T’anta wawa, or baby bread, is exactly that: bread baked into the shape of a baby. The swaddled loaf features a small head that can be painted directly on the bread, constructed from plaster, or borrowed from a doll. Originally, t’anta wawa was presented as a gift at the tombs of children.
These days, residents of Bolivia, Peru, Colombia, Argentina, and Ecuador eat the bread as a symbol of life on November 1 and 2, to celebrate All Saints’ and All Souls’ Days. The bread typically includes ingredients such as cinnamon, golden raisins, sprinkles, candied fruit, and anise.
Peruvians have a long tradition of celebrating the dead. Some indigenous tribes were known to mummify their deceased and bring them out for festivals, sometimes painting them and adding wigs. Modern practices are equally ebullient. Singing, live music, and games are all common sights within the local cemeteries in early November.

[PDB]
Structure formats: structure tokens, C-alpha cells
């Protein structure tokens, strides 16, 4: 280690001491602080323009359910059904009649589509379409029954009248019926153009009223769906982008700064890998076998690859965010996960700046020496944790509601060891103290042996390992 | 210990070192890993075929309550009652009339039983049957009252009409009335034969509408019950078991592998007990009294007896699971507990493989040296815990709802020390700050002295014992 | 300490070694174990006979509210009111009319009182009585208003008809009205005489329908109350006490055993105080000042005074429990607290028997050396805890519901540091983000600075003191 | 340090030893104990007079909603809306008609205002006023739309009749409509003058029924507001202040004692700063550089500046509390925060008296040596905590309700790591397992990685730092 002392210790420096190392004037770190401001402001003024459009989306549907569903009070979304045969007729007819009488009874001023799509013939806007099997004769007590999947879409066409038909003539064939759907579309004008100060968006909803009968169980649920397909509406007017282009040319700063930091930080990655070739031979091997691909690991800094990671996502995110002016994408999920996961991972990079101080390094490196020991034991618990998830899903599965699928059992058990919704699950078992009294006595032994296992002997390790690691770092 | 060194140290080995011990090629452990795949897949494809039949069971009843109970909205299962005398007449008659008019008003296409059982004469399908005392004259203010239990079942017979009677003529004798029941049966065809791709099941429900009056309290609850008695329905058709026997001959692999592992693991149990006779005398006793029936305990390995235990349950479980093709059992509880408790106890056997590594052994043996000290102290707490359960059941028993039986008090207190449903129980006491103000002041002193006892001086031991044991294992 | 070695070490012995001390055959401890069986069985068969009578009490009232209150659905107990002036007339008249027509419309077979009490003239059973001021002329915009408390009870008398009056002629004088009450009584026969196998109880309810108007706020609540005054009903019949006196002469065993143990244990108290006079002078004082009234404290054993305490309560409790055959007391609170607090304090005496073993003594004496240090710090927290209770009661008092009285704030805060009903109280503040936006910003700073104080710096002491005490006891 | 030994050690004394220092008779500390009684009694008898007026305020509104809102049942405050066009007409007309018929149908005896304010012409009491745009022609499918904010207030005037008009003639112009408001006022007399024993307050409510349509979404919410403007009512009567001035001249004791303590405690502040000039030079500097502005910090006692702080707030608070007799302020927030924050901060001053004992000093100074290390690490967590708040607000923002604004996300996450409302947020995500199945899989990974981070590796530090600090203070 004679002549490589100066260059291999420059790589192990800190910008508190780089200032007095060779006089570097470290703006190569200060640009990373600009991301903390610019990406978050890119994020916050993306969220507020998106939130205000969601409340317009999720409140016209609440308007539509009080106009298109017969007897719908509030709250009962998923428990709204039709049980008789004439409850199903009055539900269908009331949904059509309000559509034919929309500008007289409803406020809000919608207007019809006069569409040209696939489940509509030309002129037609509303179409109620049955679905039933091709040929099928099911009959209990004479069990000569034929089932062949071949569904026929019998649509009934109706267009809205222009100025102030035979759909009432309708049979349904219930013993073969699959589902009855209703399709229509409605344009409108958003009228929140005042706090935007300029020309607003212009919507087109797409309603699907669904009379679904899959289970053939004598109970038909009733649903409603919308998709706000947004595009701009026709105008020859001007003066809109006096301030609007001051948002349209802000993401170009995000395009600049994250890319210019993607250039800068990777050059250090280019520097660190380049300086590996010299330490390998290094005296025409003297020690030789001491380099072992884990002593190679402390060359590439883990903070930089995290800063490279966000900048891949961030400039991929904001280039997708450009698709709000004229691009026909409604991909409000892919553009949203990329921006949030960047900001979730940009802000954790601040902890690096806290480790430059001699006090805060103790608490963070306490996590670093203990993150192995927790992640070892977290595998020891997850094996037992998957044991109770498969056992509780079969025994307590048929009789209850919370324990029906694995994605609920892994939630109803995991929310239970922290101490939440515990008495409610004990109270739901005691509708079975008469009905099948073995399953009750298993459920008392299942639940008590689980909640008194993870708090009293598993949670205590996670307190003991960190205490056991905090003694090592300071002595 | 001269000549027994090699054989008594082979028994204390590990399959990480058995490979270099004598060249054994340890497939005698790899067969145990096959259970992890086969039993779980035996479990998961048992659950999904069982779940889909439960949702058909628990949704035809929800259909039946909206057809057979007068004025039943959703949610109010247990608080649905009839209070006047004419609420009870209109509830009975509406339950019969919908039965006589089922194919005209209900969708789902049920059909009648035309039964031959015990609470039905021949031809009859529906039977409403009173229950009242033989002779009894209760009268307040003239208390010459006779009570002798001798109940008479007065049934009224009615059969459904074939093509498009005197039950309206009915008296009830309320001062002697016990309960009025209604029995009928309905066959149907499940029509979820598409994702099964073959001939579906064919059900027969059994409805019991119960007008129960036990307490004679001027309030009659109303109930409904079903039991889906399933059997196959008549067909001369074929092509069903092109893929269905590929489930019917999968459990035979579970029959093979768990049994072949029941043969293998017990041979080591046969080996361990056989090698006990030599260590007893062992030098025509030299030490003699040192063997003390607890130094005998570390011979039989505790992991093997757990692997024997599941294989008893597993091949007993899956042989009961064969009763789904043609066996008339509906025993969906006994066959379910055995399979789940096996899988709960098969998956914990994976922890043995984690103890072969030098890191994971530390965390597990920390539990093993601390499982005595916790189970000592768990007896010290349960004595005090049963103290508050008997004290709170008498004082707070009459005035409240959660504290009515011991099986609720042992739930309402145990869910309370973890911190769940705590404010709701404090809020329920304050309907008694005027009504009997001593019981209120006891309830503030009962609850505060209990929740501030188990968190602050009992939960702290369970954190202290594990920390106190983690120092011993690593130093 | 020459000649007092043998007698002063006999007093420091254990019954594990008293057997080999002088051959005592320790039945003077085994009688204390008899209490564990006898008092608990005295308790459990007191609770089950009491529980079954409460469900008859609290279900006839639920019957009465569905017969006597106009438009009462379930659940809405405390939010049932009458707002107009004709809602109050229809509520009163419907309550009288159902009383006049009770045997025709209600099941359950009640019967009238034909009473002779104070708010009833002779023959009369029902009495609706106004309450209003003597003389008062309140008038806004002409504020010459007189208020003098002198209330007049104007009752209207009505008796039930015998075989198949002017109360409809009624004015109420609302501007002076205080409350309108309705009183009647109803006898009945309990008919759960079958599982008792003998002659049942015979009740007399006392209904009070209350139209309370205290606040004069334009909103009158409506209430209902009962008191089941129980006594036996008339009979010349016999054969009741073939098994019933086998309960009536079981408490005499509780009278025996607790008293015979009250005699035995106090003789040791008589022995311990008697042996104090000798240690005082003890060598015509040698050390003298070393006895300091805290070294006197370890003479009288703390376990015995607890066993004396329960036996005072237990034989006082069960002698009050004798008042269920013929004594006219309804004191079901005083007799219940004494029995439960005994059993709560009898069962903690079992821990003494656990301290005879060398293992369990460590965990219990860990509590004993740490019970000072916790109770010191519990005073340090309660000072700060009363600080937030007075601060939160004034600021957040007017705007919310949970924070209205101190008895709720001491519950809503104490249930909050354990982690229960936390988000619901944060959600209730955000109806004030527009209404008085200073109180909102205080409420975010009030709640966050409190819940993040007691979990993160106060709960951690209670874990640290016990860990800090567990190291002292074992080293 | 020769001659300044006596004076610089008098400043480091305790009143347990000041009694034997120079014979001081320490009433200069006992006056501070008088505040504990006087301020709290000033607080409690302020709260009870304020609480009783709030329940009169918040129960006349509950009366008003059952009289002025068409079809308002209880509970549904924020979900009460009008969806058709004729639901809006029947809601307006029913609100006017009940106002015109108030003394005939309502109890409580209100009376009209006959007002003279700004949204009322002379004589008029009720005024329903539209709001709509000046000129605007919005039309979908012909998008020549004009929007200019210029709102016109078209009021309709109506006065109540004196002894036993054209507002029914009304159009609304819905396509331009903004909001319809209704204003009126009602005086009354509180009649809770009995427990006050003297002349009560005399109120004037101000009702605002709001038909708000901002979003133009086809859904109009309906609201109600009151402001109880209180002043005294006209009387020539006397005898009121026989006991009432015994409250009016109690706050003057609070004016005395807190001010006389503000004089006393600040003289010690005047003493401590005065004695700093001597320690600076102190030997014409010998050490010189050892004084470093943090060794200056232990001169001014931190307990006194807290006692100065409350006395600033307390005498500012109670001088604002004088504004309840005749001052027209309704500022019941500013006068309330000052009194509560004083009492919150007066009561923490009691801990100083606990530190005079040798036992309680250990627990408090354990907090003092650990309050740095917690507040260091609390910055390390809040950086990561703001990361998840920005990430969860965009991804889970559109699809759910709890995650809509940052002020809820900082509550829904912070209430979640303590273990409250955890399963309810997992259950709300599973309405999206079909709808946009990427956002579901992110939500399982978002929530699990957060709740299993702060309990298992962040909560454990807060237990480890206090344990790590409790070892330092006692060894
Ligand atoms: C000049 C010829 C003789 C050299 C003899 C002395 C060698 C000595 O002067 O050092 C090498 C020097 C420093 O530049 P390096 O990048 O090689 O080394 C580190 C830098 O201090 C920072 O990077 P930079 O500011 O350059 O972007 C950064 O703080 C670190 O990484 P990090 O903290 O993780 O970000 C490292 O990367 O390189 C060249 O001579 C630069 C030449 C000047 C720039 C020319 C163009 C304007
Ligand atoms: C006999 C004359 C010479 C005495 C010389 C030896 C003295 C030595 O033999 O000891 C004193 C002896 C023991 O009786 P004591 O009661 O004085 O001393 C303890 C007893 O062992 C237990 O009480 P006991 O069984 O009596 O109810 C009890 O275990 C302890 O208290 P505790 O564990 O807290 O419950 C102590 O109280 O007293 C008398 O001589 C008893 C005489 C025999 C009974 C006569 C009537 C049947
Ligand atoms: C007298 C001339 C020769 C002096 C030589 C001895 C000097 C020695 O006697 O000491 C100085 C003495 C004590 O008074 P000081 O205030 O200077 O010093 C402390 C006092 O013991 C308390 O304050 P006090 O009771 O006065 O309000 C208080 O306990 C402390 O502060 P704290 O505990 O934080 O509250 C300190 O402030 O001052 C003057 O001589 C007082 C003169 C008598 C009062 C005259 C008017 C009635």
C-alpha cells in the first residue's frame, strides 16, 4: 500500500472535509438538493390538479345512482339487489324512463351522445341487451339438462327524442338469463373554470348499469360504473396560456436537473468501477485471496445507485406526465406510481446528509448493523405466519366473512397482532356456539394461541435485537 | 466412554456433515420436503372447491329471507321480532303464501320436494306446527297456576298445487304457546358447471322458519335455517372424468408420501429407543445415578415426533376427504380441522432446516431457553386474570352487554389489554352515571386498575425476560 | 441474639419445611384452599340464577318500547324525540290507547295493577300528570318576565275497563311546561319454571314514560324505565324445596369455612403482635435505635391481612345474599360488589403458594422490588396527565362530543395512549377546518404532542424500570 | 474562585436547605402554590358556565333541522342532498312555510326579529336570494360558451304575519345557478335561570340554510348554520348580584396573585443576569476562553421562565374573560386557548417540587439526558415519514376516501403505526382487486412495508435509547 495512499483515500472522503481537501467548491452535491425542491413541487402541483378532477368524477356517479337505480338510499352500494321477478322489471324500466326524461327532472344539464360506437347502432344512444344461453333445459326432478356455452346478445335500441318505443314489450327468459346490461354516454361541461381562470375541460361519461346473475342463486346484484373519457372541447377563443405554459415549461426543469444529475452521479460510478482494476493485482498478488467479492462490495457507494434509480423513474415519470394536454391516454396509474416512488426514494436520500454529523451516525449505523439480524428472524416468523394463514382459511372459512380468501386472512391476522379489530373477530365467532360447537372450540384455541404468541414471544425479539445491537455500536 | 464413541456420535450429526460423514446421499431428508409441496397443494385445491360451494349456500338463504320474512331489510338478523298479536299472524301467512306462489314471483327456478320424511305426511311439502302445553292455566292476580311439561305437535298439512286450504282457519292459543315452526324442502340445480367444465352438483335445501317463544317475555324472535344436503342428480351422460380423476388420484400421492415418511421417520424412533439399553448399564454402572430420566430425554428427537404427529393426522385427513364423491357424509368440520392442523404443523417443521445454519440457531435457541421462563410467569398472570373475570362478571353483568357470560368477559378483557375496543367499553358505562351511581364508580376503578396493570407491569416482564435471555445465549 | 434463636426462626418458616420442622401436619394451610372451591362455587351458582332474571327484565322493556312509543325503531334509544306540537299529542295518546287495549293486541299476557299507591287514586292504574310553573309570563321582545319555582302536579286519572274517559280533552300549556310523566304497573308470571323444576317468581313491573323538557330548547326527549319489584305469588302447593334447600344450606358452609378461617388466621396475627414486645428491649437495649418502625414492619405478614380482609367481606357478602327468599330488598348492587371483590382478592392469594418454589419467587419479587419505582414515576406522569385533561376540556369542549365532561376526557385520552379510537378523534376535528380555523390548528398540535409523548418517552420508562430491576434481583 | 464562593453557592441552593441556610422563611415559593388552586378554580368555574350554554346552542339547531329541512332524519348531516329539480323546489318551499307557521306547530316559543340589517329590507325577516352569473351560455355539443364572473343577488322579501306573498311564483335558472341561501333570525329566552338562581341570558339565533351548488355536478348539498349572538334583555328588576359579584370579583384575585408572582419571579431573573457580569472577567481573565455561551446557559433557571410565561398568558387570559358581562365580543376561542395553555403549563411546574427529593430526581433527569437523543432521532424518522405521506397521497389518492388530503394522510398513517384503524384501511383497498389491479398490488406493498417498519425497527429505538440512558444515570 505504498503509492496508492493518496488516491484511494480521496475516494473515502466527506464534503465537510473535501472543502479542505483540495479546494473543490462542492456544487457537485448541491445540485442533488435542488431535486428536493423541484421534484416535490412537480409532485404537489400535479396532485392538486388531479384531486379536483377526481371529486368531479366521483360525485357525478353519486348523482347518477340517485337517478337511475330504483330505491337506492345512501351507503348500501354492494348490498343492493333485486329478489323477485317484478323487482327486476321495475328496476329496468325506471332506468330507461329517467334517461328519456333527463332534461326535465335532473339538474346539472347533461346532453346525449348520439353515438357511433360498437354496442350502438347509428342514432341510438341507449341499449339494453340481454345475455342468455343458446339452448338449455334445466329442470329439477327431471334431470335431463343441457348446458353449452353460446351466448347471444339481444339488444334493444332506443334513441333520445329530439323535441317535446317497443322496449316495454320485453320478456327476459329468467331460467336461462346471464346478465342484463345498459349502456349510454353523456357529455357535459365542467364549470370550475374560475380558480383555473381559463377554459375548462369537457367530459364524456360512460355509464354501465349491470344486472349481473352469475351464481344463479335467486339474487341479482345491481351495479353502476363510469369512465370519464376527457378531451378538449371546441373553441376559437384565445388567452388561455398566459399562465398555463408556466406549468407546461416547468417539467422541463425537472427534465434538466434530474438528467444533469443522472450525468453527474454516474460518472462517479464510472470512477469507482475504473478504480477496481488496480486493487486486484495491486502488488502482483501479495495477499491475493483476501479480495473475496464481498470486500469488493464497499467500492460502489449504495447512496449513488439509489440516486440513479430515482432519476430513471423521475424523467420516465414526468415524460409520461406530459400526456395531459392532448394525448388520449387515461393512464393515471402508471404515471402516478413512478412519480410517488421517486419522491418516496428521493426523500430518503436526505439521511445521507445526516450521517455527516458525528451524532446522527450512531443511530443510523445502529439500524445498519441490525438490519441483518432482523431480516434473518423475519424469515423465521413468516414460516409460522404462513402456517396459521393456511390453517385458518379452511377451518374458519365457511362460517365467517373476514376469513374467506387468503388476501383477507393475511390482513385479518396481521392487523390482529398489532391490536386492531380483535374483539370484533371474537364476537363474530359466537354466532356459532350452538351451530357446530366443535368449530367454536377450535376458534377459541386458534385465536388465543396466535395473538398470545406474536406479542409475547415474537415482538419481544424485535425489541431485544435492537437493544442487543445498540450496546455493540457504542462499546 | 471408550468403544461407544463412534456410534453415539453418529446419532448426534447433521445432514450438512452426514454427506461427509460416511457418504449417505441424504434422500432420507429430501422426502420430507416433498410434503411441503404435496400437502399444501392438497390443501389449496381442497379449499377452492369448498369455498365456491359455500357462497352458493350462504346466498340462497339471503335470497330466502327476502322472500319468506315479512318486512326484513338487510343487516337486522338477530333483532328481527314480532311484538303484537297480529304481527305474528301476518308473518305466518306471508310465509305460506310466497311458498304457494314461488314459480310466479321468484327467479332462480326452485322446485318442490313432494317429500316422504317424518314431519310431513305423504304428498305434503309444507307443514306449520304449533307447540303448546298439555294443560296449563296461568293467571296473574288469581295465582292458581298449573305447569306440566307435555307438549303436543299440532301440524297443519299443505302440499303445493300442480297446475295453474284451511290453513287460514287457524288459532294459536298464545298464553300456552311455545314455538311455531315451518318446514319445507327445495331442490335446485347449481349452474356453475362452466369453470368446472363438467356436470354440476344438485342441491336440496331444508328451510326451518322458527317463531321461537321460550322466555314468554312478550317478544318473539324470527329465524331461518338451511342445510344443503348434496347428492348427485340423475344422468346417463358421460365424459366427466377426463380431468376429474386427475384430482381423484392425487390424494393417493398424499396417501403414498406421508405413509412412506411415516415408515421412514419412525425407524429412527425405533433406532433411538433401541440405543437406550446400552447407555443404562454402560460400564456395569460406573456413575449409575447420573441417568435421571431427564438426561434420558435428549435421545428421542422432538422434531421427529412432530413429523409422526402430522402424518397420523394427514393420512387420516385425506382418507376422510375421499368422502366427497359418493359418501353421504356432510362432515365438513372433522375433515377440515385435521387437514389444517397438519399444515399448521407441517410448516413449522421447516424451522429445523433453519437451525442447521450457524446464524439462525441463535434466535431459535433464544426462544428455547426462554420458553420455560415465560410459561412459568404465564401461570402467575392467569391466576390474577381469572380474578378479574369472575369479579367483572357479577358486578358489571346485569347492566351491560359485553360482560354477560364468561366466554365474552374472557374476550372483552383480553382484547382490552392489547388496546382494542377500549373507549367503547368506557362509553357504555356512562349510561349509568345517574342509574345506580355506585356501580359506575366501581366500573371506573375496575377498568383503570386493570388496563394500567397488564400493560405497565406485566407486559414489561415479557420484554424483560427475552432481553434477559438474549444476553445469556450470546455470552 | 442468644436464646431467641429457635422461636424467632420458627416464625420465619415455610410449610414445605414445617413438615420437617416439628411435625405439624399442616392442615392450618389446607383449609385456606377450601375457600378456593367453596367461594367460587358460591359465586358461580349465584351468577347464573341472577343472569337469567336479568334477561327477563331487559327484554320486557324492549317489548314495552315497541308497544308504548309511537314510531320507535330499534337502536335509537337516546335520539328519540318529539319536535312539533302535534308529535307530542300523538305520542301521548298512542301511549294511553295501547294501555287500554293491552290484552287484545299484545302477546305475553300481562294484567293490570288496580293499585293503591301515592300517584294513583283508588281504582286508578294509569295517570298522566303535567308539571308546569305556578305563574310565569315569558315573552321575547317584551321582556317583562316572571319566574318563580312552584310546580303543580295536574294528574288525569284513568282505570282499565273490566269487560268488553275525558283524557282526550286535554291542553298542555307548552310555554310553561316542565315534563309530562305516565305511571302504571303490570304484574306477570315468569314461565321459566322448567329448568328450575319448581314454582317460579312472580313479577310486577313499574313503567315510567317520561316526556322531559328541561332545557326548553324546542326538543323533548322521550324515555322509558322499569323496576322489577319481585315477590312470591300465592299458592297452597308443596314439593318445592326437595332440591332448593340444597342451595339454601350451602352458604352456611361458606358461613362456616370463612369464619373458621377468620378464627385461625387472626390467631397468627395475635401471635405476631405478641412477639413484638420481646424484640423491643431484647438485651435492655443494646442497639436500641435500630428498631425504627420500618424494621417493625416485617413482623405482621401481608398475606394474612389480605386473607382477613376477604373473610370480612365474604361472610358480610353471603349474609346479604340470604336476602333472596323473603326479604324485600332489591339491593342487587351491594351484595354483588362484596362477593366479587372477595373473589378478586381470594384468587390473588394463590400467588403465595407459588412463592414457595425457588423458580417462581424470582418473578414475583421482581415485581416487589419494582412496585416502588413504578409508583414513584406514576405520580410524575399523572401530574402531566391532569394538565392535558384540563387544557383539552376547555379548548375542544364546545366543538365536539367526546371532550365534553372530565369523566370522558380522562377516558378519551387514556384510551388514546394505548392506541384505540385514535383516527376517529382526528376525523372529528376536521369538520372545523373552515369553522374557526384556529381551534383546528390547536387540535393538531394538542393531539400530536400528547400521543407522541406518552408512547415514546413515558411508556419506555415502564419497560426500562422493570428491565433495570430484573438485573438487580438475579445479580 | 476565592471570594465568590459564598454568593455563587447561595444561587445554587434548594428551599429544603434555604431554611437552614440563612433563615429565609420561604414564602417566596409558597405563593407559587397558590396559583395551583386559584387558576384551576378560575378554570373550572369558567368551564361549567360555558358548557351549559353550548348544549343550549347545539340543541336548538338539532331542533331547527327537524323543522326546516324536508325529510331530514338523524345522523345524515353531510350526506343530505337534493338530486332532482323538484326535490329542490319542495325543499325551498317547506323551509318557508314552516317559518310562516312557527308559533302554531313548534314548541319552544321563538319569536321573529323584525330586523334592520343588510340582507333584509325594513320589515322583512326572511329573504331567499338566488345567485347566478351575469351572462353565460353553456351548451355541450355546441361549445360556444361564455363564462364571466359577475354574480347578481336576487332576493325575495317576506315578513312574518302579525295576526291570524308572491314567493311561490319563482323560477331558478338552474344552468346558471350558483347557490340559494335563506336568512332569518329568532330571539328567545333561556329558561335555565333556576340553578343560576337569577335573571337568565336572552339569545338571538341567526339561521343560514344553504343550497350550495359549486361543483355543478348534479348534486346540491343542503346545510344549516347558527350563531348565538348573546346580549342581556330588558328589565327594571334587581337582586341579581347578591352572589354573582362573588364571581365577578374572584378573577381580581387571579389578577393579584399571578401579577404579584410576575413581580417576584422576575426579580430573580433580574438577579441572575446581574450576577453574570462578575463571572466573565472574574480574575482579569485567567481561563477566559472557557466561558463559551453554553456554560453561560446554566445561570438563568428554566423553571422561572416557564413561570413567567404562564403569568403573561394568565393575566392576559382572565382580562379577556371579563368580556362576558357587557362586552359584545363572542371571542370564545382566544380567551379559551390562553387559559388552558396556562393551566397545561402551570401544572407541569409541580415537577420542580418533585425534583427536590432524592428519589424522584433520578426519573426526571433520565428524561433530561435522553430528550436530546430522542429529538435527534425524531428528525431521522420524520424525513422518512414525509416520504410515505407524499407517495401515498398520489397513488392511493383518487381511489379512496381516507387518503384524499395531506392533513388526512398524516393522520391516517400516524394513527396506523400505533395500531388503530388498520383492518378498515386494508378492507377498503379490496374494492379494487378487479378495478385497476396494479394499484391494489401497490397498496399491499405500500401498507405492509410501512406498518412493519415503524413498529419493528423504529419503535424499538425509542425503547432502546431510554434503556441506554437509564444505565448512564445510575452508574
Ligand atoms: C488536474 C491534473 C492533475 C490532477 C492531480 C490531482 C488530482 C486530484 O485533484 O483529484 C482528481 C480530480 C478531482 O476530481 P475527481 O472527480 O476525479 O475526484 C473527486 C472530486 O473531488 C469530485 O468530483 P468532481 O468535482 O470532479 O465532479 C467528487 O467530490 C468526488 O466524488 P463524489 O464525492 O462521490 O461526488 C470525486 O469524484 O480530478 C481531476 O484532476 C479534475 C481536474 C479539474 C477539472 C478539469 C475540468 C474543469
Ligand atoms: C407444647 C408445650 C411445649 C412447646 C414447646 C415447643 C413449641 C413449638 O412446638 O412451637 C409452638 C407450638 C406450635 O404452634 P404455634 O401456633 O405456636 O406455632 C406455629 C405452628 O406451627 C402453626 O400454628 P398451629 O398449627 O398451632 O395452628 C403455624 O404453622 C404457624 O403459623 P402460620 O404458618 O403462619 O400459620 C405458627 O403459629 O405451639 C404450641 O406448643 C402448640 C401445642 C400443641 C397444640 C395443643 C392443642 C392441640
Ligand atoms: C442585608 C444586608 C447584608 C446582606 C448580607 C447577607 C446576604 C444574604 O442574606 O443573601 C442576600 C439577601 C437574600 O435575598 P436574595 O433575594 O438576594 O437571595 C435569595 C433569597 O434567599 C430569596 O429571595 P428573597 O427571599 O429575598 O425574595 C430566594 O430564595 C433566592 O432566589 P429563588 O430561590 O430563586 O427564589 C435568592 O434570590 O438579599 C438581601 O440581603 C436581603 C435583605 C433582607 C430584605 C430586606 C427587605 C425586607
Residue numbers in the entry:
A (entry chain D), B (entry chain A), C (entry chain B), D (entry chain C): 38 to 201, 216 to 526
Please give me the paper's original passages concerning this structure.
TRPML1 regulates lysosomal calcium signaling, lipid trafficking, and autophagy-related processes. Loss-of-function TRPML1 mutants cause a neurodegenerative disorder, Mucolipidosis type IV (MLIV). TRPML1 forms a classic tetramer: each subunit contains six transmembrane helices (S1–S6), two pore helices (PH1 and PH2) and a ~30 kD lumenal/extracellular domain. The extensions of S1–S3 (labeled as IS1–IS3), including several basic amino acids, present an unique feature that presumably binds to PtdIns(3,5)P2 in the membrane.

T’anta wawa is often considered a nod to the mummies of yore, but the traditions surrounding the sweet bread have taken on a life all their own. Cusco’s Festival of the Bread Baby attracts prominent local bakers who join forces to make the city’s largest t’anta wawa. In 2012, they baked a bread baby that was 72 feet long and 26 feet wide.
Need to Know
Artisanal t’anta wawa is being rapidly replaced with factory-produced sweet breads, but the real thing can still be found during festival time in Cusco’s main plazas (San Francisco, Tupac Amaru, Santiago, and San Sebastian).